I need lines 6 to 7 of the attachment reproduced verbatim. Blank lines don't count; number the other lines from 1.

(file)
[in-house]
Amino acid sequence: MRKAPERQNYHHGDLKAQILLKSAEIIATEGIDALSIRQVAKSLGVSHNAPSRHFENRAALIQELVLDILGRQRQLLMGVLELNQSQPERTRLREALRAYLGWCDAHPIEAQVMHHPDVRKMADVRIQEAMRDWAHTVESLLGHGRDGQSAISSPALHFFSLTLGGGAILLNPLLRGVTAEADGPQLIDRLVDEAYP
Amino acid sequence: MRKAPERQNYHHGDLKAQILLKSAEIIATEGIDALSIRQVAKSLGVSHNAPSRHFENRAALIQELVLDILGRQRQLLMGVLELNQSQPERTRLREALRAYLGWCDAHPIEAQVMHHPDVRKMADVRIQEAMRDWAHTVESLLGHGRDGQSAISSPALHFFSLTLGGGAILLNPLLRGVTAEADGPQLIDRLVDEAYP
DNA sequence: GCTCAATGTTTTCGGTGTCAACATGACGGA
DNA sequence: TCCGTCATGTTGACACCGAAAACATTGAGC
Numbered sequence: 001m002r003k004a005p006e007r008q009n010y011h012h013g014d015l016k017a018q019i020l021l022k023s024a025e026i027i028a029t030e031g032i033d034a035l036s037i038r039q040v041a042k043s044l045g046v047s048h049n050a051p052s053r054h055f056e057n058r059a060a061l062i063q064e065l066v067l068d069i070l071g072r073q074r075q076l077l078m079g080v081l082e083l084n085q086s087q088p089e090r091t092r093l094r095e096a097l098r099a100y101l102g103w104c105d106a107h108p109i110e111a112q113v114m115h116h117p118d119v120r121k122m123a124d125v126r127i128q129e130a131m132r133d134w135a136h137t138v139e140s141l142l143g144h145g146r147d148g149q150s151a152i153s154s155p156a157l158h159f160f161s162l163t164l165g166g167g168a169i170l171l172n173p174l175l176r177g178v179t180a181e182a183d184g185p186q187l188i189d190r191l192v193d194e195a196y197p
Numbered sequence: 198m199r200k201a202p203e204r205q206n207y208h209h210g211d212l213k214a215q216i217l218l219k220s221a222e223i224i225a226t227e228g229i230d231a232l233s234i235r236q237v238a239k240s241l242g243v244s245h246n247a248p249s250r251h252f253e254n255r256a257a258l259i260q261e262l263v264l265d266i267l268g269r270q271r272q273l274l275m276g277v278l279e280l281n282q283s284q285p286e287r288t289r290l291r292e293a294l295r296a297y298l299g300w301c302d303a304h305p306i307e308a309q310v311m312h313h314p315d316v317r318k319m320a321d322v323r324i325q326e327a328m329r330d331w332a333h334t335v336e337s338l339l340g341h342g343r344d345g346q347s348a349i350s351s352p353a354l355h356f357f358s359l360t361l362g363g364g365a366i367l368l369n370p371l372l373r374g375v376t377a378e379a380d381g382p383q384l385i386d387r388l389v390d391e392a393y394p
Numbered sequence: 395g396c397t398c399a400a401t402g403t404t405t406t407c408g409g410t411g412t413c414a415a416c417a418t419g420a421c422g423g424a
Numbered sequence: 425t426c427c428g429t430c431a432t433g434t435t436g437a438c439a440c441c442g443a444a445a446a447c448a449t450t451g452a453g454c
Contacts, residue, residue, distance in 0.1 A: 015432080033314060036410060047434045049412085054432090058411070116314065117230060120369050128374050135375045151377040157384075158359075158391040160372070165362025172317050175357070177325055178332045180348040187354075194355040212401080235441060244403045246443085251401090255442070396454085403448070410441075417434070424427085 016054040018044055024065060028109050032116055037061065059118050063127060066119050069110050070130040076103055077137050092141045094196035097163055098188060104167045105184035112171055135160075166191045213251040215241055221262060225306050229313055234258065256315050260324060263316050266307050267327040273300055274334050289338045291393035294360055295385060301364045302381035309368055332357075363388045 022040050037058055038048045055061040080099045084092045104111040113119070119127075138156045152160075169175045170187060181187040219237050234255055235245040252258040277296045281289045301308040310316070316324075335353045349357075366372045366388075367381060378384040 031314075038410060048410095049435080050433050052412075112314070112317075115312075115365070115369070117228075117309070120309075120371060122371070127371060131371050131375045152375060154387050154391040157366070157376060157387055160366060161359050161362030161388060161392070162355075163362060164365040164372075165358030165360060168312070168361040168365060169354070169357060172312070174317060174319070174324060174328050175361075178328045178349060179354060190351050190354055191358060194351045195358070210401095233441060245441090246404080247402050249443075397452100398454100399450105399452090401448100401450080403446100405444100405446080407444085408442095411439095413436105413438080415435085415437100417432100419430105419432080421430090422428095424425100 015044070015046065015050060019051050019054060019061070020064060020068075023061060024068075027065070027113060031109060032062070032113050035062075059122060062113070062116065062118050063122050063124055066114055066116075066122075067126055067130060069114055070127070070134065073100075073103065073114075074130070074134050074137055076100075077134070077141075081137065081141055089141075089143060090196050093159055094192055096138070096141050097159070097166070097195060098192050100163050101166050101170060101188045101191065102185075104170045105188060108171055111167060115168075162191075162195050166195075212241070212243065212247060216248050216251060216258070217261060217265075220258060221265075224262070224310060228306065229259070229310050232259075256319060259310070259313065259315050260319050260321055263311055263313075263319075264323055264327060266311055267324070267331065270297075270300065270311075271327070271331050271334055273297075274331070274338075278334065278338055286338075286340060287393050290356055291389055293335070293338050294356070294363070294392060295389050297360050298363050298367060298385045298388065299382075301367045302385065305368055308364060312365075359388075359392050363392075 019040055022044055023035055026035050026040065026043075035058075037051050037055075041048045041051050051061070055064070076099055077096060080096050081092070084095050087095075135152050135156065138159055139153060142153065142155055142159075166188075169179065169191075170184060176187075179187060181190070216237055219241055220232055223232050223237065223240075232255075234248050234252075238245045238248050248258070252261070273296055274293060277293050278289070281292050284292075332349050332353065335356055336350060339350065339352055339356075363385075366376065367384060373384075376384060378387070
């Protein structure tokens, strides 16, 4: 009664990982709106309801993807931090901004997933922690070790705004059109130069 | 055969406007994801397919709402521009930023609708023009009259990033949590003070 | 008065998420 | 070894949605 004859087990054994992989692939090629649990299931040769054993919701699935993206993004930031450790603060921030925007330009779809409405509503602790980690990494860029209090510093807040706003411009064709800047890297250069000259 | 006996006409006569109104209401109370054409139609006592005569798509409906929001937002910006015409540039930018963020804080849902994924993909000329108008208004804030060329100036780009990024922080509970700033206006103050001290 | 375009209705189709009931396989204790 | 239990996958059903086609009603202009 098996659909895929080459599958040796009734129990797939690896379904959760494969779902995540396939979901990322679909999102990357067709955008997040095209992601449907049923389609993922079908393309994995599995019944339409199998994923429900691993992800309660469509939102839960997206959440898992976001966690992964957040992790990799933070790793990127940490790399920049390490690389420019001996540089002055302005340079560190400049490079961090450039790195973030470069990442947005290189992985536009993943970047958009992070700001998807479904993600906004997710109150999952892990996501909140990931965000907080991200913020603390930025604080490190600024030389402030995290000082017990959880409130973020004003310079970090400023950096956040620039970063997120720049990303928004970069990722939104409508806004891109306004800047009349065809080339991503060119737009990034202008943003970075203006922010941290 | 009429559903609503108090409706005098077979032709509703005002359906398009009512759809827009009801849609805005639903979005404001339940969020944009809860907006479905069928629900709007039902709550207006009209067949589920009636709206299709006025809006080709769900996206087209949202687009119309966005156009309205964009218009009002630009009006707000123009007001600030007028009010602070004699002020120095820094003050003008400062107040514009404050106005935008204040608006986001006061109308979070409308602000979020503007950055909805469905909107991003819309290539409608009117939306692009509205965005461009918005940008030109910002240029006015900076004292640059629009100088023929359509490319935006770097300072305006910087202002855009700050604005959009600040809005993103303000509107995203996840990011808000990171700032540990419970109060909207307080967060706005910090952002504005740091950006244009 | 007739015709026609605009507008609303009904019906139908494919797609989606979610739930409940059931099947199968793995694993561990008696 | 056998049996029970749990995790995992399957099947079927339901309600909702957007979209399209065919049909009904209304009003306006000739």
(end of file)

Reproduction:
Numbered sequence: 001m002r003k004a005p006e007r008q009n010y011h012h013g014d015l016k017a018q019i020l021l022k023s024a025e026i027i028a029t030e031g032i033d034a035l036s037i038r039q040v041a042k043s044l045g046v047s048h049n050a051p052s053r054h055f056e057n058r059a060a061l062i063q064e065l066v067l068d069i070l071g072r073q074r075q076l077l078m079g080v081l082e083l084n085q086s087q088p089e090r091t092r093l094r095e096a097l098r099a100y101l102g103w104c105d106a107h108p109i110e111a112q113v114m115h116h117p118d119v120r121k122m123a124d125v126r127i128q129e130a131m132r133d134w135a136h137t138v139e140s141l142l143g144h145g146r147d148g149q150s151a152i153s154s155p156a157l158h159f160f161s162l163t164l165g166g167g168a169i170l171l172n173p174l175l176r177g178v179t180a181e182a183d184g185p186q187l188i189d190r191l192v193d194e195a196y197p
Numbered sequence: 198m199r200k201a202p203e204r205q206n207y208h209h210g211d212l213k214a215q216i217l218l219k220s221a222e223i224i225a226t227e228g229i230d231a232l233s234i235r236q237v238a239k240s241l242g243v244s245h246n247a248p249s250r251h252f253e254n255r256a257a258l259i260q261e262l263v264l265d266i267l268g269r270q271r272q273l274l275m276g277v278l279e280l281n282q283s284q285p286e287r288t289r290l291r292e293a294l295r296a297y298l299g300w301c302d303a304h305p306i307e308a309q310v311m312h313h314p315d316v317r318k319m320a321d322v323r324i325q326e327a328m329r330d331w332a333h334t335v336e337s338l339l340g341h342g343r344d345g346q347s348a349i350s351s352p353a354l355h356f357f358s359l360t361l362g363g364g365a366i367l368l369n370p371l372l373r374g375v376t377a378e379a380d381g382p383q384l385i386d387r388l389v390d391e392a393y394p